The nastiest injury in sports doesn’t appear to have a lot to do with investing. You probably don’t give your Anterior Cruciate Ligament much thought unless you are a football, basketball or soccer player who has just torn it – an injury that is becoming increasingly common. Rehab of an ACL tear can take months – years even – and the knee joint is rarely the same, even with ACL reconstruction. Part of the problem is that this ligament sits in the middle of the knee joint and is bathed in synovial fluid which is known to contain enzymes that prevent blood from clotting – after all, you don’t want a blood clot in the middle of your knee; it would make it impossible to bend. This makes it extremely difficult for the ACL to heal naturally. Surgical repair is possible, but is also difficult to come back from.
Now we’re actually getting to the investing analogy – how does an investor recover from a single big loss? Virtually every investor is going to encounter such a career-threatening “injury” to their portfolio eventually; one man’s 5% loss might be another man’s 50% loss – it depends on the individual and how he or she copes with it – but both may be the investing equivalent of an ACL tear. The investor might not return. Or he might return and yet not be as good as he was before at making investment decisions.
The ACL plays such a crucial part in limiting the knee’s range of movement that it is very difficult to perform without it. Studies of NFL players who experienced ACL tears show that a fifth did not return, and those who did were as much as a third less effective, statistically speaking, as before. ACL rehab is not so much as rehabilitation of the knee as it is about re-education of the muscles around the knee to get them to contract and relax in time with the knee’s movements and prevent over-extension in planes of motion that were previously restricted by an intact ACL. It’s also about overcoming the psychological scars – learning to trust your knee joint again and expunge any lingering doubts that you can function at the same (or greater) level.
How to you recover from a potentially career-ending injury and come back better than before? You analyze what went wrong (bad movement), fix the problem it caused (repair/rehab), and avoid making the same mistake again. The latter is not difficult. The real difficulty lies in actually having the nous to publicly accept your mistakes and analyze them. Most people prefer talking about their successes; it is very difficult to get them to talk about their failures in public.
Talking about their failures is exactly what some of the greatest value investors do. Both Mohnish Pabrai and Guy Spier have made a point of talking more in their annual meetings about the bad investments they made – the stocks that turned out to be total dogs – rather than about the ones that made millions. What they are actually doing, it seems to me, is thinking out loud and analyzing why the investment went wrong. They do this in order to refine their investing checklists for next time. Neither is going to rely on a mental checklist to pick stocks; there are simply too many factors to remember every time.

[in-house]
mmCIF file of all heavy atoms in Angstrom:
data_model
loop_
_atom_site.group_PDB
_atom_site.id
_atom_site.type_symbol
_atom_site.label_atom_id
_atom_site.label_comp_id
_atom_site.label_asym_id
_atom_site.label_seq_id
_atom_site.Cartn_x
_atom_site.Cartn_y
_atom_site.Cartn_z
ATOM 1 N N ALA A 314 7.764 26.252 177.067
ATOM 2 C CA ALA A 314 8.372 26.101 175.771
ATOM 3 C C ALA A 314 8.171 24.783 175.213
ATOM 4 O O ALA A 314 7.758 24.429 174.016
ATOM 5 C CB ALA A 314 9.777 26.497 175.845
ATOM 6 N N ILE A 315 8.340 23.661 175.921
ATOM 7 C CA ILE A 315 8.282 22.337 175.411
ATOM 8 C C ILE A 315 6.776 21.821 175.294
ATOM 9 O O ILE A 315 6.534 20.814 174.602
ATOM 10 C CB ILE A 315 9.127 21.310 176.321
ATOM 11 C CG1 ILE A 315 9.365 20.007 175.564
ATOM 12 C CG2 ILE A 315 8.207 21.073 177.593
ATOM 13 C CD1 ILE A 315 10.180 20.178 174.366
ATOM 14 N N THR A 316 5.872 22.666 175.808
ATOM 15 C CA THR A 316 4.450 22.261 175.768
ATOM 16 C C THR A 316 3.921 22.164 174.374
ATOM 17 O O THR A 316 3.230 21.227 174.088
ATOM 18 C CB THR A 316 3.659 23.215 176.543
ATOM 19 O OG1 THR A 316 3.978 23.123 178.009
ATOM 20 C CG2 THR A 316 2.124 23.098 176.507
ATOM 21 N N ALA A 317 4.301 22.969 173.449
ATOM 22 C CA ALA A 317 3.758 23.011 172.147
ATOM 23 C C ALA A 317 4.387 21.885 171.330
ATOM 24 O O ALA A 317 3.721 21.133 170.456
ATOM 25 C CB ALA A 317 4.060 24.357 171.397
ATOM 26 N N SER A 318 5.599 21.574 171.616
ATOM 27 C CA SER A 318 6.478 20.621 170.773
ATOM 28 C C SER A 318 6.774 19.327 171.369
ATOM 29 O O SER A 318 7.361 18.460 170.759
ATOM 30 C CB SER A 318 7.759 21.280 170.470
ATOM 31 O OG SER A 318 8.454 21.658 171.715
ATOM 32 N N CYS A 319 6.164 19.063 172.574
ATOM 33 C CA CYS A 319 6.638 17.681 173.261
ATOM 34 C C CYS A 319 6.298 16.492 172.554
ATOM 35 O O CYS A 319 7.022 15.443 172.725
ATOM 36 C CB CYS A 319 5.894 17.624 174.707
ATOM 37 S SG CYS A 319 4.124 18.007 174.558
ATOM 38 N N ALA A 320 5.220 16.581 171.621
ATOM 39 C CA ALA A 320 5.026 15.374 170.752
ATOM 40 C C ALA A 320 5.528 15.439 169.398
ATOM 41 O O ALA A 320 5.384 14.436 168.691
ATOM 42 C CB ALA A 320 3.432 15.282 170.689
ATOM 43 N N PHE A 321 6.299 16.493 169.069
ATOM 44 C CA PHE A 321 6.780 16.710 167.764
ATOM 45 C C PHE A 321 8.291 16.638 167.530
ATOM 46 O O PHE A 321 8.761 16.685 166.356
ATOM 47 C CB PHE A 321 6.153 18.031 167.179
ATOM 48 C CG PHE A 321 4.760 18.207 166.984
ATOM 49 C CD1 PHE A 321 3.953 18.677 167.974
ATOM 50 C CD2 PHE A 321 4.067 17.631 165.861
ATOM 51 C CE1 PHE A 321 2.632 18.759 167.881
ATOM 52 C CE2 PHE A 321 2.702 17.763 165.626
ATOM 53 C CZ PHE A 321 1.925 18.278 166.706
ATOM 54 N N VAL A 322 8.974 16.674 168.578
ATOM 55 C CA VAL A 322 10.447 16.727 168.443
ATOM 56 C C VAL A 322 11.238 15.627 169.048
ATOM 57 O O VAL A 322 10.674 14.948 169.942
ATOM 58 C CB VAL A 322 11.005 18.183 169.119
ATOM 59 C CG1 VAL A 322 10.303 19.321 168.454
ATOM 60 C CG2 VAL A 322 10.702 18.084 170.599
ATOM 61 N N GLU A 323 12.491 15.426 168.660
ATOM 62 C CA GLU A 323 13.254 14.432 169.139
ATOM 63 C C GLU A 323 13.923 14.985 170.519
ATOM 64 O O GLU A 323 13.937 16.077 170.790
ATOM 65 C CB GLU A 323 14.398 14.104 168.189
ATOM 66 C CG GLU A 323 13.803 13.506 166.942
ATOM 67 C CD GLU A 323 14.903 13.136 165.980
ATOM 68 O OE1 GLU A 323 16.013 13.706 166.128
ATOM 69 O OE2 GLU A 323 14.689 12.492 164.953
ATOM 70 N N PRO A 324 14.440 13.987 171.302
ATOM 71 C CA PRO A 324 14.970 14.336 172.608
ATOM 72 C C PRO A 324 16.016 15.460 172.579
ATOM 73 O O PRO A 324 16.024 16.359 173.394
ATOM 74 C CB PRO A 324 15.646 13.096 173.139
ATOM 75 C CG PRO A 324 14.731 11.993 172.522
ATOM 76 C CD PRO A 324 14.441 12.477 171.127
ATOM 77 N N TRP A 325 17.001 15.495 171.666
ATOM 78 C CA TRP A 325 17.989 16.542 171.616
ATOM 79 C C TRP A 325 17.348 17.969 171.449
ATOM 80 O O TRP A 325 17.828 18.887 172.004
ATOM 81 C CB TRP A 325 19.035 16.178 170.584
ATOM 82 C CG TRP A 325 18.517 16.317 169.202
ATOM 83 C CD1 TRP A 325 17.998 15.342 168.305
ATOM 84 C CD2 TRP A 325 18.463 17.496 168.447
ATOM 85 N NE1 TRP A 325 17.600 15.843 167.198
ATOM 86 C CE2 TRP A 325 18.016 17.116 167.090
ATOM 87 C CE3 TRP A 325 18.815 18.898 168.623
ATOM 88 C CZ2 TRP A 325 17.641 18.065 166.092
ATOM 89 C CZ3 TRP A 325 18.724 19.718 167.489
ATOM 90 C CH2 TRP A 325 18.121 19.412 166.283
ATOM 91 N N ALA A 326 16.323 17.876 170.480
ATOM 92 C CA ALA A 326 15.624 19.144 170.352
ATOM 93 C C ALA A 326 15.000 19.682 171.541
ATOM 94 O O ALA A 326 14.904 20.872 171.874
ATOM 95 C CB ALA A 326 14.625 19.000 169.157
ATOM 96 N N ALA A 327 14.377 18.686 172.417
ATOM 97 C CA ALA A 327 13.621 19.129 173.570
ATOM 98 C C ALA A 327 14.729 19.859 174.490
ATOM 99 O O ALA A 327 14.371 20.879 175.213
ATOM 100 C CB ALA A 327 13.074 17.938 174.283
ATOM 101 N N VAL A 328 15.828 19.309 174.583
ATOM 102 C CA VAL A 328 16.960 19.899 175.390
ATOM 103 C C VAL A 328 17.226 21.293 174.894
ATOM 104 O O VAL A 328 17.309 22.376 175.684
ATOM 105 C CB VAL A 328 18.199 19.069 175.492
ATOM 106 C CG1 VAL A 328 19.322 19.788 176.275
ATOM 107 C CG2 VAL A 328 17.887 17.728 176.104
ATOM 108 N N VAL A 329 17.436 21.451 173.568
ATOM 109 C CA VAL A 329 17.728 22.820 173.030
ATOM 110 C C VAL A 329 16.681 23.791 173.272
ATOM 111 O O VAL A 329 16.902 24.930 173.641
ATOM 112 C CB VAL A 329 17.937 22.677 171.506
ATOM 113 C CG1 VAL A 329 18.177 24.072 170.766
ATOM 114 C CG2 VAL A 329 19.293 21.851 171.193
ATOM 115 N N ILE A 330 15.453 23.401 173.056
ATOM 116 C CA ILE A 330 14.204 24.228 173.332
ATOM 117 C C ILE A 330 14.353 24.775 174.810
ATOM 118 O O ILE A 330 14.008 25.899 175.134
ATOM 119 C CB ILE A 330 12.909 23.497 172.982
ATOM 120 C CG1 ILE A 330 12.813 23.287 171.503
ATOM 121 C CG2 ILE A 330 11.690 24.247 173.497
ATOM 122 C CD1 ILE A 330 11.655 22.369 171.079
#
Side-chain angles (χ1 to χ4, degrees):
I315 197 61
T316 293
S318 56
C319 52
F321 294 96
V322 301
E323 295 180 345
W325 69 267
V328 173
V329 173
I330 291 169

Atul Gawande, in his book “The Checklist Manifesto”, writes entertainingly about his work on hospital operating theater checklists and how they have saved many lives. He also writes about the origin of aviation checklists and how they have similarly saved lives by preventing accidents. How many of us would undergo major surgery or fly on airplanes nowadays if we knew the surgeons or pilots were not using checklists? Probably not many. Yet many people pick stocks on a whim and, when they lose money, put it down to the market misbehaving rather than any fault on their part. Yes it is quite possible they do have a sound, comprehensive mental checklist from years of investing. But perhaps they missed a step or two? Perhaps they need to add more steps? This can only be done by refining the checklist which, in turn, can only be done by a thorough analysis of the losers. There’s a pattern here.
True, investing is not the same life or death activity as performing brain surgery or flying an airliner. But consider this, neither Pabrai nor Spier have many losers. In fact it has become increasingly rare for Pabrai to lose money on an investment due to an adherence to continuous refinement of his checklist.
Here are a couple of places to start if you’re interested in creating and using an investing checklist:
David Parmenter has a nice Buffett-style checklist here.
Michael Shearn’s book “The Investment Checklist: The Art of In-Depth Research” has a very comprehensive list near the end.
“The Checklist Manifesto: How to Get Things Right” by Atul Gawande
“Discipline is hard – harder than trustworthiness or skill and perhaps even than selflessness.We are by nature flawed and inconstant creatures. … We are not built for discipline. We are built for novelty and excitement, not for careful attention to detail. Discipline is something we have to work at.” — Atul Gawande, “The Checklist Manifesto”